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Ethereum could be subject to U.S. law, according to SEC filing

A lawsuit recently filed by the Securities and Exchange Commission (SEC) charges crypto influencer Ian Balina for allegedly failing to disclose payment for endorsing Sparkster and its SPRK ICO. The case has ramifications on Ethereum as a whole, due to the SEC’s stance on the location of Ethereum nodes.

In the Balina filing, the SEC signaled that because Ethereum nodes are densely concentrated inside the U.S., therefore those transactions, in fact, took place in the U.S. and are subject to U.S. law; stating:

“The U.S.-based investors in Balina’s pool irrevocably committed to the transaction when, from within the United States, they sent their ETH contributions to Balina’s pool. At that point, their ETH contributions were validated by a network of nodes on the Ethereum blockchain, which are clustered more densely in the United States than in any other country. 

Ethereum is used worldwide. According to Etherscan, roughly 46% of all Ethereum nodes are in the United States, with Germany accounting for nearly 19%. As of September 15, 2022, anyone in and out of the U.S. can set up a node Ethereum network by running client software and staking a set amount of ETH.

Impact on crypto economy

The SEC has already faced criticism for its approach to cryptocurrency regulation. Messari Research Founder Ryan Selkis calls it “a failed institution whose relevance ended with the internet, and that’s become a national liability for our competitiveness in tech & finance.”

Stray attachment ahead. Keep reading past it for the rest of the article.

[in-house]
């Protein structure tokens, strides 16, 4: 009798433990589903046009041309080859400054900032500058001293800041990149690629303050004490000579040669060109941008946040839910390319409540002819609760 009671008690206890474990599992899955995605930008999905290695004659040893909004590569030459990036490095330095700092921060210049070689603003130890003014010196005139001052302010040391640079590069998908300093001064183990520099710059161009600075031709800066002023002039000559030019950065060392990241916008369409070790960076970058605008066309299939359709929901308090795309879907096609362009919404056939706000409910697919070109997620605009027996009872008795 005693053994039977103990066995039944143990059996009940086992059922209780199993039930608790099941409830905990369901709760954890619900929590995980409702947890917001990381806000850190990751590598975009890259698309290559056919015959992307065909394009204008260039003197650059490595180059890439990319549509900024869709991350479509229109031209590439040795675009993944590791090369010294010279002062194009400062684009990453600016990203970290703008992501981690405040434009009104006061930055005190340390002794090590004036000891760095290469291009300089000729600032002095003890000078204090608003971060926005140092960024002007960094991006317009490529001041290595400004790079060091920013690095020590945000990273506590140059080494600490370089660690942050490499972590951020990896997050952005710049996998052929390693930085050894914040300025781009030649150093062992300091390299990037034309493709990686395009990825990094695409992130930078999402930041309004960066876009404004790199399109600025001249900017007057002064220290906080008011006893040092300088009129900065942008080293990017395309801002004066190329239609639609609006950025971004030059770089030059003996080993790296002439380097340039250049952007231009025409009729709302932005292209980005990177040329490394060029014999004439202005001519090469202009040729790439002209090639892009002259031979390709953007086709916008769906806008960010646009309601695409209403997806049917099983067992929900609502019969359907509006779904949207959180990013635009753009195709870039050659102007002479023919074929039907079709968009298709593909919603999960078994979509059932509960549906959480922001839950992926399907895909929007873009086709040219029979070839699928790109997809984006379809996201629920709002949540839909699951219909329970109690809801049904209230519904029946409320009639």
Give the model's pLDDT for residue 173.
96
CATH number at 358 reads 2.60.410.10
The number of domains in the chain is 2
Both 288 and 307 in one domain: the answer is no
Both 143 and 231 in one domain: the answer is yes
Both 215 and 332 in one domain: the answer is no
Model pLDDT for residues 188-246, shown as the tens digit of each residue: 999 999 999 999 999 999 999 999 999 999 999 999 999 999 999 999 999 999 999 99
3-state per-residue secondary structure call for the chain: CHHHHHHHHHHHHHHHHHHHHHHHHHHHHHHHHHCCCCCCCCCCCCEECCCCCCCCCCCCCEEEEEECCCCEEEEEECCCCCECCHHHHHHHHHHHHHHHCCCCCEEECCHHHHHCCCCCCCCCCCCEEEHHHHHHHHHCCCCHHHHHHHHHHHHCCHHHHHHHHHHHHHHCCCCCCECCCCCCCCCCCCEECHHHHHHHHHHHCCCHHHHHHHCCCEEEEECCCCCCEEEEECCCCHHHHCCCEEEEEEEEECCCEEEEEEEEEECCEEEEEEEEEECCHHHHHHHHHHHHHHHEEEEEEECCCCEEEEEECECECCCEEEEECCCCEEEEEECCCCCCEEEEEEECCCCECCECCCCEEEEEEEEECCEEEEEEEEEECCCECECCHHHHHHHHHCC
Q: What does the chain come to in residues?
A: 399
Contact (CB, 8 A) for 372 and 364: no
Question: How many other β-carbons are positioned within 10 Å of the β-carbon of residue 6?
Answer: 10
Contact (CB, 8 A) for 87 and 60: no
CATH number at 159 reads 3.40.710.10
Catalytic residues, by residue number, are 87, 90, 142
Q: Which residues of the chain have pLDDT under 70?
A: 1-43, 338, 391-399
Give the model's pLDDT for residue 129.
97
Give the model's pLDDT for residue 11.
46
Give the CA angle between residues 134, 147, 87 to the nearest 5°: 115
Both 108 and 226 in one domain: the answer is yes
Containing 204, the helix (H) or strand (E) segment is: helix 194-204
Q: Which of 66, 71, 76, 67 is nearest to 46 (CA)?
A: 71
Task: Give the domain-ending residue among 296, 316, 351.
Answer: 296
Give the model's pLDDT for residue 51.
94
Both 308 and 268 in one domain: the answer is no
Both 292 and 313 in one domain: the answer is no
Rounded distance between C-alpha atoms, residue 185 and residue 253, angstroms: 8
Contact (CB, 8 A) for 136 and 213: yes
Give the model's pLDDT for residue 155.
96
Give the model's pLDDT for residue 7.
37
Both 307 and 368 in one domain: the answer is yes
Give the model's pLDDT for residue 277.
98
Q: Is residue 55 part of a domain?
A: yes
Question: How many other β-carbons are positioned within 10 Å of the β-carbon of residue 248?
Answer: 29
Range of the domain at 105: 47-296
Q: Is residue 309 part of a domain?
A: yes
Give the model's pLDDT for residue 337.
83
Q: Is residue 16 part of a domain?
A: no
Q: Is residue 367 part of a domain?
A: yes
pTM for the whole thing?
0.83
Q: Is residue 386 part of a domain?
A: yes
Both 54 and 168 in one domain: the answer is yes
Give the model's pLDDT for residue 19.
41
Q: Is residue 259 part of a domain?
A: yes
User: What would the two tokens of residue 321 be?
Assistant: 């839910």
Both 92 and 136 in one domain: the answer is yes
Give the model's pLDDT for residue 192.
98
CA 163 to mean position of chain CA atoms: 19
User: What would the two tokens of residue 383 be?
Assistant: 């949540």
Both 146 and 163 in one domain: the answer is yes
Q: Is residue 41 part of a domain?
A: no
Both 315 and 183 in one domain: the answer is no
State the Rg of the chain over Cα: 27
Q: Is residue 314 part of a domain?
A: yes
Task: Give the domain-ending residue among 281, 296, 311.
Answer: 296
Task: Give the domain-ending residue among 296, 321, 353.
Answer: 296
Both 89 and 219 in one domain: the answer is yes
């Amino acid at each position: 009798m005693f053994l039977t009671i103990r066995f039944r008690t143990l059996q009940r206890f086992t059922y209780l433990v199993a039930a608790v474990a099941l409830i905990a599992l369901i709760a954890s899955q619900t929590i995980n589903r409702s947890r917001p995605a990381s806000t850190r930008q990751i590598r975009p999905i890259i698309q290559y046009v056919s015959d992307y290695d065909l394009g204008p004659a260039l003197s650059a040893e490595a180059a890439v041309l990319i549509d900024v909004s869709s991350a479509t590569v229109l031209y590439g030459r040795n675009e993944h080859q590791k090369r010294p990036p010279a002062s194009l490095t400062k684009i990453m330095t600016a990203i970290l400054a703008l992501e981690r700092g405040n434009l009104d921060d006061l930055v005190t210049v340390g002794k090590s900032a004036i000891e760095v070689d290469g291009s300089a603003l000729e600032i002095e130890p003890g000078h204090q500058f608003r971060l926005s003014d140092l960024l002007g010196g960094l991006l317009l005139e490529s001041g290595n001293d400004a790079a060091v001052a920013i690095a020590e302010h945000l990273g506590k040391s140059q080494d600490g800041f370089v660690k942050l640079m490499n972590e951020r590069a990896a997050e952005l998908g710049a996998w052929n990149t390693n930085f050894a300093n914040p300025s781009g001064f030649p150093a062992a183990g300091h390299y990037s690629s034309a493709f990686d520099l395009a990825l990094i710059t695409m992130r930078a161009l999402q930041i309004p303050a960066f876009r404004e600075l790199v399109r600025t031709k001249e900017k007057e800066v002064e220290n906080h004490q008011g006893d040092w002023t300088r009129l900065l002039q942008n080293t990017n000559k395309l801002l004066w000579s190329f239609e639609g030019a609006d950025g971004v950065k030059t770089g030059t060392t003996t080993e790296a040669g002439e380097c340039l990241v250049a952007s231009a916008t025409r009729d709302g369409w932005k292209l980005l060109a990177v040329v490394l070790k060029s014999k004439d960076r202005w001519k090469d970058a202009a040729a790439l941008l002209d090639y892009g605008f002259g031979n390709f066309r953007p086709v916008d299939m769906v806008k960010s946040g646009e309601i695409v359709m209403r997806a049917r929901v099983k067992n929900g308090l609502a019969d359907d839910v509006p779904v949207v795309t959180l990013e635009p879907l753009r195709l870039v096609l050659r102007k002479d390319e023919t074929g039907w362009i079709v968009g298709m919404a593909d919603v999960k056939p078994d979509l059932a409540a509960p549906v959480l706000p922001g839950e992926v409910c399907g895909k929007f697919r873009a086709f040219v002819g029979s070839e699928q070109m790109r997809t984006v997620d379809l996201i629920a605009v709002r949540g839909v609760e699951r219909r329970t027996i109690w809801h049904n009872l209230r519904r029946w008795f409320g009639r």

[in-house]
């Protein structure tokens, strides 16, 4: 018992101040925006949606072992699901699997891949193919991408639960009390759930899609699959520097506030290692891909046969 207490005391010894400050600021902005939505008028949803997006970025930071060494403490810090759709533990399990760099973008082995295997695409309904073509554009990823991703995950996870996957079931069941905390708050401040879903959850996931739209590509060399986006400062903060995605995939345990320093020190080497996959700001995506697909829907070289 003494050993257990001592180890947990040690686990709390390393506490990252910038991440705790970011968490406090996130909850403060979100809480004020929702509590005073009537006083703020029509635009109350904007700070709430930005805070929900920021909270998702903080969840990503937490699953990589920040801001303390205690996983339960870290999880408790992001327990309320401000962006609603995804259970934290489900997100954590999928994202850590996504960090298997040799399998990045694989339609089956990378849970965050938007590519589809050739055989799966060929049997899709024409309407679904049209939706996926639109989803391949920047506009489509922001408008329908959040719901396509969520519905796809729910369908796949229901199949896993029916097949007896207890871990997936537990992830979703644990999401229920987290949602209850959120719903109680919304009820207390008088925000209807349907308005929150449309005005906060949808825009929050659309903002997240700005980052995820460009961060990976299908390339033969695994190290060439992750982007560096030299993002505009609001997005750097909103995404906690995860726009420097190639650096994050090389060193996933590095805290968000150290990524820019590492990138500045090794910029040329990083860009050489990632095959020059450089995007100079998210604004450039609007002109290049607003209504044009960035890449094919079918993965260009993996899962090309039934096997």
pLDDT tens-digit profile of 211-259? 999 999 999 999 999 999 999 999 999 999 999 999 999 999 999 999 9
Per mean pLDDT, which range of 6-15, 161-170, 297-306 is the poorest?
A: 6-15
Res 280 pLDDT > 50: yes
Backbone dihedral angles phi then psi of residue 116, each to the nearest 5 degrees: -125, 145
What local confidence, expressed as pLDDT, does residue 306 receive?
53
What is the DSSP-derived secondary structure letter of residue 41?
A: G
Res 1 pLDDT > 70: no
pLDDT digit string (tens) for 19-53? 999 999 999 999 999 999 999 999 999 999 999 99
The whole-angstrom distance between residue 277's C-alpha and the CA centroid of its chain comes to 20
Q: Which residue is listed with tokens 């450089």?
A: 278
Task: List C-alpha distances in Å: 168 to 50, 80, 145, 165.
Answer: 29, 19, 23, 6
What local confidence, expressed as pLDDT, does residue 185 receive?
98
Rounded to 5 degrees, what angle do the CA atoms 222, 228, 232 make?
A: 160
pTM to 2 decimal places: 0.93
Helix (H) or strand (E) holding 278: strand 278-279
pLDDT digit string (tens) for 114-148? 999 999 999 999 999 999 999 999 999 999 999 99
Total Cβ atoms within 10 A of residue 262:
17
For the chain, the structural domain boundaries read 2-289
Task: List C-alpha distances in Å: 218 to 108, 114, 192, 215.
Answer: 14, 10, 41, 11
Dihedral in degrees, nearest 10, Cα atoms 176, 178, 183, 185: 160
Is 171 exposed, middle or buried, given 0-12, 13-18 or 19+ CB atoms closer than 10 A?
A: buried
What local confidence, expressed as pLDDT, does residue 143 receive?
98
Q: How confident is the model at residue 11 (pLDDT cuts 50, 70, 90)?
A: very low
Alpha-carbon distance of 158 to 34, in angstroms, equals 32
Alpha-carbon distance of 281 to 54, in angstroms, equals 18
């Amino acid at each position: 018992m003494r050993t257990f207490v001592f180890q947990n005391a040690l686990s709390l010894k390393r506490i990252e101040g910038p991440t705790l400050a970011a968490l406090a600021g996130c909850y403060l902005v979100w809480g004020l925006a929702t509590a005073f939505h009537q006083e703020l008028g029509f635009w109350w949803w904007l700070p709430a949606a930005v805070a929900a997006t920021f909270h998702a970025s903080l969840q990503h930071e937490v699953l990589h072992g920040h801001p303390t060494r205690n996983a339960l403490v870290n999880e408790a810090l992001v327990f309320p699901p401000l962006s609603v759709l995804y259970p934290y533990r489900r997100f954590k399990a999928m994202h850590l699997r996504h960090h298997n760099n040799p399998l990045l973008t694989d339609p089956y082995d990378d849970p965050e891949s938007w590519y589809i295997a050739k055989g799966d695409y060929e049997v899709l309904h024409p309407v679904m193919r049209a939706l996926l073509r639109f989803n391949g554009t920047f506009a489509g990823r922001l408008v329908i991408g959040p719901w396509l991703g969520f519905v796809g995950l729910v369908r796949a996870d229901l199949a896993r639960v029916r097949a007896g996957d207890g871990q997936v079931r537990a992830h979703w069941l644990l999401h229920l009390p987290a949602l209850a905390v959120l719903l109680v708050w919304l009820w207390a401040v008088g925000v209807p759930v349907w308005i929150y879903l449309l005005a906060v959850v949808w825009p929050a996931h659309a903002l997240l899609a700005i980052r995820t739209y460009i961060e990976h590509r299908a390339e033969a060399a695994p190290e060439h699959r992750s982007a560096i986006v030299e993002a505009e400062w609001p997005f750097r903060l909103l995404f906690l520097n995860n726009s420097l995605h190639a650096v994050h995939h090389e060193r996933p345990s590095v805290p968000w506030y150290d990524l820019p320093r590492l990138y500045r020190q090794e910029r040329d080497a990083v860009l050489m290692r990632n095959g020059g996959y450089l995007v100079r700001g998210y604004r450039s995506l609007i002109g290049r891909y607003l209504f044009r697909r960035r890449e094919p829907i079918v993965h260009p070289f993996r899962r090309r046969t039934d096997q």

In the advent of Ethereum’s hard-fork into a Proof-of-Stake consensus algorithm to be more energy efficient, SEC Chair Gary Gensler indicated staking ETH into the Ethereum ecosystem for rewards may be subject to securities regulations.

Decrypt reporter Sander Lutz mentions that should the SEC were to effectively assert control over all activity on the decentralized Ethereum network, it would also hypothetically lay claim over the 30 billion dollar DeFi industry on the network.

Legal precedence

University of Kentucky law professor Brian Fyre stated that “It’s the SEC saying, ‘This entire body of financial activity is within the scope of the stuff that we regulate, and therefore we’re going to regulate all of it.'”

Fyre later added that it is unclear whether such a claim will be upheld in court or whether any legal precedent is at stake. However, Twitter users have criticized the SEC’s choice of words as an overstep of jurisdiction, analyzing that the SEC is trying to set a legal precedent to regulate all crypto. 

A spokesperson for the SEC has stated that the SEC has no comment at this time.


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